Background and objectives: Acceptance and Commitment Therapy (ACT) is a contextual cognitive-behavioural approach with a developing evidence base for clinical and cost-effectiveness as an individually-delivered intervention to promote recovery from psychosis. ACT also lends itself to brief group delivery, potentially increasing access to therapy without inflating costs. This study examined, for the first time, the feasibility and acceptability of ACT groups for people with psychosis (G-ACTp).
Methods: Participants were recruited from community psychosis teams. Ratings of user satisfaction, and pre-post change in self-rated functioning (primary outcome), mood (secondary outcome) and ACT processes were all completed with an independent assessor. Of 89 people recruited, 83 completed pre measures, 69 started the four-week G-ACTp intervention, and 65 completed post measures.
Results: Independently assessed acceptability and satisfaction were high. Functioning (Coeff. = -2.4, z = -2.9, p = 0.004; 95% CI: -4.0 to -0.8; within subject effect size (ES) d = 0.4) and mood (Coeff. = -23, z = -3.5, p = 0.001; 95% Cl: -3.5 to -1.0; d = 0.4) improved from baseline to follow-up. Commensurate changes in targeted ACT processes were consistent with the underlying model.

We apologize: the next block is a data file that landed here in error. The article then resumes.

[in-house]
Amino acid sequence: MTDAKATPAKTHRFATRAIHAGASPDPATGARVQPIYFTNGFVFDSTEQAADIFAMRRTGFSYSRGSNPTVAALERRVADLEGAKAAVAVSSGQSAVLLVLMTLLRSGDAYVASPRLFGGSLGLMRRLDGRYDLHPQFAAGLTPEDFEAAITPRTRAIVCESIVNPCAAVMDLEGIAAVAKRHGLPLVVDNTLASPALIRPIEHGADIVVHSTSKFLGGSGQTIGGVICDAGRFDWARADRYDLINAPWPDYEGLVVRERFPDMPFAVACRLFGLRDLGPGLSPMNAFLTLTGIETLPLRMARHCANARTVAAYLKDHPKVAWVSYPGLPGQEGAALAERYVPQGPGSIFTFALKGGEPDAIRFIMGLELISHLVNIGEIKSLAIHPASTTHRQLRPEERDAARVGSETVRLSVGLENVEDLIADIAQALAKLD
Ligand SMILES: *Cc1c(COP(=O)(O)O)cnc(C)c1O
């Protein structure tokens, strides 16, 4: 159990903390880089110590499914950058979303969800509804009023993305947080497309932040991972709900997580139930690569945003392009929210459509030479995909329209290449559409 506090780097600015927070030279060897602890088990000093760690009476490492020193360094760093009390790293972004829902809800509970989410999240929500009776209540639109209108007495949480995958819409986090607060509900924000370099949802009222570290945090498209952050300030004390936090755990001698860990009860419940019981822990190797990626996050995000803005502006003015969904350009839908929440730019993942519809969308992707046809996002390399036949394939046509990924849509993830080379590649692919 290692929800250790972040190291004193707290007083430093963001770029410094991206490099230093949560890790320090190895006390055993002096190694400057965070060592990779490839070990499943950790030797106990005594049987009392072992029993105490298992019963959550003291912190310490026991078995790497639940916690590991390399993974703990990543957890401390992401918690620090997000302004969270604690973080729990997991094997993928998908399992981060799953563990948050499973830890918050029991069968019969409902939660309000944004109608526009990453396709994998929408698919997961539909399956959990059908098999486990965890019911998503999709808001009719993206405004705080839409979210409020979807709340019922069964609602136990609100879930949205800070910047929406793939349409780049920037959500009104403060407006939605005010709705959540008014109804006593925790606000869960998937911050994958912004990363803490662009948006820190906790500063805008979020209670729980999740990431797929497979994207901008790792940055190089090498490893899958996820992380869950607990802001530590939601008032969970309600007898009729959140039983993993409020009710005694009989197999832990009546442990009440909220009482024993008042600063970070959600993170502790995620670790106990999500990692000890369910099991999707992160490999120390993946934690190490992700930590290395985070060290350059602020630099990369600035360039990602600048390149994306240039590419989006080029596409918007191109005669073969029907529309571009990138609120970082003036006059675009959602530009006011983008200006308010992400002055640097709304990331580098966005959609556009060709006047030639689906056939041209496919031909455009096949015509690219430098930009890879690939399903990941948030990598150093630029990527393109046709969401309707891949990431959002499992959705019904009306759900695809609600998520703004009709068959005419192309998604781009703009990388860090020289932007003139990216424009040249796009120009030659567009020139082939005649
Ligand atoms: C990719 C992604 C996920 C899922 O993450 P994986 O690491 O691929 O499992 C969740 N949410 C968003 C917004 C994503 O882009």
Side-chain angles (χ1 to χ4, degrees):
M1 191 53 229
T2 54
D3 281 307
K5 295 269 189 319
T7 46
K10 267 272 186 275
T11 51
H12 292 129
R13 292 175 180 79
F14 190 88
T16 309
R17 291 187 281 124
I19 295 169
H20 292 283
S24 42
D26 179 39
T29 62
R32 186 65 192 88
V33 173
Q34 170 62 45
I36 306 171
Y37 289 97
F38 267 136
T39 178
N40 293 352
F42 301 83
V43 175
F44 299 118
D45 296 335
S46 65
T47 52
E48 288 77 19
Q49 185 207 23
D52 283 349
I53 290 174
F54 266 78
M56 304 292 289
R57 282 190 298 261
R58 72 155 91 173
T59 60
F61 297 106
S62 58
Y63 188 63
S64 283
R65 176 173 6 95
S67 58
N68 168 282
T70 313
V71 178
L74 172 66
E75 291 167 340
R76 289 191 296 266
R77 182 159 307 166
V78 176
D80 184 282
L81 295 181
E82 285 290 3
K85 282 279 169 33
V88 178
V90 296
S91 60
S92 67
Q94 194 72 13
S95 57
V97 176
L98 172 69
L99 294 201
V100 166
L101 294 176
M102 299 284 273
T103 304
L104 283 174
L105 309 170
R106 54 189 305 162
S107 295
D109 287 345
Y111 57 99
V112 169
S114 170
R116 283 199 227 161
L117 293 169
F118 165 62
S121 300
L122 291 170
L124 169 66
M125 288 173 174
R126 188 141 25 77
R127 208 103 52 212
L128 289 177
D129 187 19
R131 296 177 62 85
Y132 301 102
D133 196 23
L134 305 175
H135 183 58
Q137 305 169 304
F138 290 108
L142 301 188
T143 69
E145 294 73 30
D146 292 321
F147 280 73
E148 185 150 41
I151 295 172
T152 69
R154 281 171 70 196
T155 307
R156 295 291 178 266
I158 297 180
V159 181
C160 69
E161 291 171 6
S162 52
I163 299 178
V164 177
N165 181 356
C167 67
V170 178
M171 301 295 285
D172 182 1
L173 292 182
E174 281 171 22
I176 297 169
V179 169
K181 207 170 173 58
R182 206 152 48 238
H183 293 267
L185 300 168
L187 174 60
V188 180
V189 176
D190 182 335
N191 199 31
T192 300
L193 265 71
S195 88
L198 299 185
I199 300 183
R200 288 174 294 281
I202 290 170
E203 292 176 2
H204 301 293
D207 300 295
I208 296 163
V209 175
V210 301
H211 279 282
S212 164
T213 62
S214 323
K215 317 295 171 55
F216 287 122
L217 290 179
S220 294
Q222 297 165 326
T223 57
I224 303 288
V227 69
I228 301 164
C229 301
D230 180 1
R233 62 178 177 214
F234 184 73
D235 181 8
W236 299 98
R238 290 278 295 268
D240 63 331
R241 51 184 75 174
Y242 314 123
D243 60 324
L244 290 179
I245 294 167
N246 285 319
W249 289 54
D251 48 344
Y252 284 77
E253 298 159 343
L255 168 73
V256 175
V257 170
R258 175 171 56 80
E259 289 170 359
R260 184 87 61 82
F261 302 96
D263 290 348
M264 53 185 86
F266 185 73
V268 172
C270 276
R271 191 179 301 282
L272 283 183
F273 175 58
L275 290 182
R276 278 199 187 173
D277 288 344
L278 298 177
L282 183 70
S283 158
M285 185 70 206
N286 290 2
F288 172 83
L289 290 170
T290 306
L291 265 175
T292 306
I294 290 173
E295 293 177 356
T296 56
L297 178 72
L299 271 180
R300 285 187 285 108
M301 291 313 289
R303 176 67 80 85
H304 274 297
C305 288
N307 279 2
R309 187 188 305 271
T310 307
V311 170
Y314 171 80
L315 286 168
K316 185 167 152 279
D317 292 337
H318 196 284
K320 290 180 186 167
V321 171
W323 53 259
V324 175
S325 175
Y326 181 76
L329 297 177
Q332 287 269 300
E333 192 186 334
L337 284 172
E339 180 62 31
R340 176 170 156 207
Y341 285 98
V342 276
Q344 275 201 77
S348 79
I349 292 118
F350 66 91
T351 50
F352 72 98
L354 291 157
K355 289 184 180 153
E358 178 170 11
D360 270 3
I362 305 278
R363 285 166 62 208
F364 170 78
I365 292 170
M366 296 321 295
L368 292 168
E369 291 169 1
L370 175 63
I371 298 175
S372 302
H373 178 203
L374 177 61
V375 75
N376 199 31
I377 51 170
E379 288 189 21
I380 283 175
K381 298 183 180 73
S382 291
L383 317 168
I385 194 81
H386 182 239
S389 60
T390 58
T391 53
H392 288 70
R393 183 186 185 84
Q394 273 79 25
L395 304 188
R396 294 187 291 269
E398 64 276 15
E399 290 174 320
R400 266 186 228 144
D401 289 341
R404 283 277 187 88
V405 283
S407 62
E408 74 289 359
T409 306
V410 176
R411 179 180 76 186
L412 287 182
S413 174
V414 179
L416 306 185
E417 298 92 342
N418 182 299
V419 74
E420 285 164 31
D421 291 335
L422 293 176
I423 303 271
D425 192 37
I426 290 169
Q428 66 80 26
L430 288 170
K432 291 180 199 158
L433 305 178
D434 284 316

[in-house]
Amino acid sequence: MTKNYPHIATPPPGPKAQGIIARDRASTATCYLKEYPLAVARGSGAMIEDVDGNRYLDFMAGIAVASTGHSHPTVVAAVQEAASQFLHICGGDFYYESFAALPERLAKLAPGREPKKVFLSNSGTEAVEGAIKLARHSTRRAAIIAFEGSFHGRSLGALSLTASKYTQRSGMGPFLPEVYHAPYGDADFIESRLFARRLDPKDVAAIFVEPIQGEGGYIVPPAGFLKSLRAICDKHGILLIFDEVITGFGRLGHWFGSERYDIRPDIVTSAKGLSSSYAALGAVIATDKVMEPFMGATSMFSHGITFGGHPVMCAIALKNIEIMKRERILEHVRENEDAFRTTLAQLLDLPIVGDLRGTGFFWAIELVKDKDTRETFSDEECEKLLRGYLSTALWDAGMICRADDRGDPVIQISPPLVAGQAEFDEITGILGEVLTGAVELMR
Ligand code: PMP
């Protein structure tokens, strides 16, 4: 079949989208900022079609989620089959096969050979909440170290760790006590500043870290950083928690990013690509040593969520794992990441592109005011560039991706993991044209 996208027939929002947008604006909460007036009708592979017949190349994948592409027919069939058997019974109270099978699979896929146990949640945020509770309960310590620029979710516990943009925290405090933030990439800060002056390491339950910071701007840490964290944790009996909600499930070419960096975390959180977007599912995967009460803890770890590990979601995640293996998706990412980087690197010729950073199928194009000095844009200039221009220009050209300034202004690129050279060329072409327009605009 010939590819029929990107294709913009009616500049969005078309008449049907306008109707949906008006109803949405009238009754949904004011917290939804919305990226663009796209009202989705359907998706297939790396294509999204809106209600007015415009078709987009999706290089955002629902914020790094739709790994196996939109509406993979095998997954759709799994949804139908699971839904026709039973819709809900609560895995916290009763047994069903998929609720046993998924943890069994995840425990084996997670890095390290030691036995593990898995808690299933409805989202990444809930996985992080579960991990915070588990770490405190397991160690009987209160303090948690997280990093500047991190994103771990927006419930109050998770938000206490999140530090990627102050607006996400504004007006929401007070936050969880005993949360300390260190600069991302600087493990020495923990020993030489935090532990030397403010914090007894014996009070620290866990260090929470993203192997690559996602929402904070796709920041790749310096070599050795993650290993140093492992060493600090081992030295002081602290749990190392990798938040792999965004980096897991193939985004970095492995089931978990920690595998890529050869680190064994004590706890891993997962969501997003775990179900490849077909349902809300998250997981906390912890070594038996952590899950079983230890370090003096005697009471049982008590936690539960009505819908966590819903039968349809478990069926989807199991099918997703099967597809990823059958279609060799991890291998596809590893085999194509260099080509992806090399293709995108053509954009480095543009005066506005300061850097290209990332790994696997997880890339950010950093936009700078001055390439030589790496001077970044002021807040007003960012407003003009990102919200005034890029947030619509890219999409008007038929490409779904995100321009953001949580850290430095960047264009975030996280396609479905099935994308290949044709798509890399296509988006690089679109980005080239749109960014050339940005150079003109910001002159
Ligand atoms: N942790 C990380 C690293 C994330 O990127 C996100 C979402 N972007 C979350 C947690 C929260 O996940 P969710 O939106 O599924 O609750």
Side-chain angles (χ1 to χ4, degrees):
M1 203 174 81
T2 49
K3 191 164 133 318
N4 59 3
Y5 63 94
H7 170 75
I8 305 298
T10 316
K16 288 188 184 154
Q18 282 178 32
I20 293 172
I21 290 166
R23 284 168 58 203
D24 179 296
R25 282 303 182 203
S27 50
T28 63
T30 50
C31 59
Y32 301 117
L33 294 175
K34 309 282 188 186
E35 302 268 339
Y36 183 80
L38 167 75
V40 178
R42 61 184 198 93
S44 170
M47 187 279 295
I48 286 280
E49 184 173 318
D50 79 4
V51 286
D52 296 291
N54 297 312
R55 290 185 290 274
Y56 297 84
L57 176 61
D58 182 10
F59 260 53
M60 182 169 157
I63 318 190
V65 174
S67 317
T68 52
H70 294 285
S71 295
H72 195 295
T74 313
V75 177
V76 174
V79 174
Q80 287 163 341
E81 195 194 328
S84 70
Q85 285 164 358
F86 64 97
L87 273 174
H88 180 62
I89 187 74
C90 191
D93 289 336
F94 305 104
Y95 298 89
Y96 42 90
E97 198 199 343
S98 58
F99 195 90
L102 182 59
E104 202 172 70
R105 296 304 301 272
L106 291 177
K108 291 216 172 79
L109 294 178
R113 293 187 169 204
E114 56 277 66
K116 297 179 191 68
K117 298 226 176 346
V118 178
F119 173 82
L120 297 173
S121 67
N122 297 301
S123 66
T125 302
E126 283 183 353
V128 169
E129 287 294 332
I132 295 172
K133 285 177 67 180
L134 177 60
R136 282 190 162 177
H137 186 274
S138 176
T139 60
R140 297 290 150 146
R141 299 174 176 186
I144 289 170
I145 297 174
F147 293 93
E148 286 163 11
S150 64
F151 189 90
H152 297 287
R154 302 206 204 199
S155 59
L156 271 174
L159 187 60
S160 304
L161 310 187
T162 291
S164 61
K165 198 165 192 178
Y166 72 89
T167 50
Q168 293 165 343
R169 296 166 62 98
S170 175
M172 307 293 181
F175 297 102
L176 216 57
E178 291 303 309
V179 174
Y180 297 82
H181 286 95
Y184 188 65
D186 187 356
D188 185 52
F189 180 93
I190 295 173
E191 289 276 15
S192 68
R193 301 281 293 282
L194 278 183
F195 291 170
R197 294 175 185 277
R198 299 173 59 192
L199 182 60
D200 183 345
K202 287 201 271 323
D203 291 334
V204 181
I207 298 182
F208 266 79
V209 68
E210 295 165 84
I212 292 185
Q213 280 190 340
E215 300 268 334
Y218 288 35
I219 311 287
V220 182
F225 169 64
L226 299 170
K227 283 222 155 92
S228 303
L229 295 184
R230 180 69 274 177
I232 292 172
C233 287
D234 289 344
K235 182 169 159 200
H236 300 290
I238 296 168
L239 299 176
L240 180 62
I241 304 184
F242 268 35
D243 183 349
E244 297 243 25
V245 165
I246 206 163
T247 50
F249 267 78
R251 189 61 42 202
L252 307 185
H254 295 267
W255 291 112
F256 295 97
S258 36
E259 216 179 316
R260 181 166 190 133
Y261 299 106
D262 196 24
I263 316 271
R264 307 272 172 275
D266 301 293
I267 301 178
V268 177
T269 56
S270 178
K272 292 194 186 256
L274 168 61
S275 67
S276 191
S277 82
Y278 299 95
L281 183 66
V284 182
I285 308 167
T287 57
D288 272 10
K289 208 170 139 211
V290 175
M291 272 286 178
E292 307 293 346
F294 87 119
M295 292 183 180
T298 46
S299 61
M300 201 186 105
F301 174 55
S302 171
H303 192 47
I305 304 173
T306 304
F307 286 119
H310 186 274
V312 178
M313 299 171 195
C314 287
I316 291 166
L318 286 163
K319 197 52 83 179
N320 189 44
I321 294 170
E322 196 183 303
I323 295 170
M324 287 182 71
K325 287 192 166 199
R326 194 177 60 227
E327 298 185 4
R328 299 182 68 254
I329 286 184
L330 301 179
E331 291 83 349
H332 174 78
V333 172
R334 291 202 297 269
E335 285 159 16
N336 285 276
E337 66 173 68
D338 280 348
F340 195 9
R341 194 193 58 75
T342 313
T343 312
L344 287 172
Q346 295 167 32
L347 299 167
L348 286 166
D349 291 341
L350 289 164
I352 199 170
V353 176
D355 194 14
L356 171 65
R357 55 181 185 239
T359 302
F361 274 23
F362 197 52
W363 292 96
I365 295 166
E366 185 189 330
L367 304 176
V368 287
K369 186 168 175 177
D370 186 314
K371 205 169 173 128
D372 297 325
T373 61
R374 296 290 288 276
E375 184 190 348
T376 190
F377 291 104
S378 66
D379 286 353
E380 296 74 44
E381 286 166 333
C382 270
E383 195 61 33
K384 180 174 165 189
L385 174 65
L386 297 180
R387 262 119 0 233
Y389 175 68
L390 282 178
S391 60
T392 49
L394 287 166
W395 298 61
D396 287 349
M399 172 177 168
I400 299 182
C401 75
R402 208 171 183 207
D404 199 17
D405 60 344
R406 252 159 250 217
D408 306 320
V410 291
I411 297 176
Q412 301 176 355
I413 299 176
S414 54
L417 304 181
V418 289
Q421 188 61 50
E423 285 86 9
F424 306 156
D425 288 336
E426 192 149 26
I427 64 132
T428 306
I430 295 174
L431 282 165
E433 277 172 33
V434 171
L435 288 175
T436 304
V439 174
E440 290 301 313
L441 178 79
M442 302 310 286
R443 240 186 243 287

Limitations: The uncontrolled, pre-post design precluded blinded assessments, and may have inflated effect sizes. Participants may have improved as a result of other factors, and findings require replication in a randomized controlled trial (RCT).
Conclusions: This preliminary study showed that brief group ACT interventions for people with psychosis are feasible and acceptable. Uncontrolled, pre-post assessments suggest small clinical improvements, and changes in psychological processes consistent with an ACT model. Replication in an RCT is required, before implementation can be recommended. (c) 2015 Elsevier Ltd. All rights reserved.
|Number of pages||7|
|Journal||Journal of Behavior Therapy and Experimental Psychiatry|
|Early online date||8 Oct 2015|
|Publication status||Published - Mar 2016|
- Cognitive therapy
- Community mental health
- Early psychosis
- Contextual behavioral science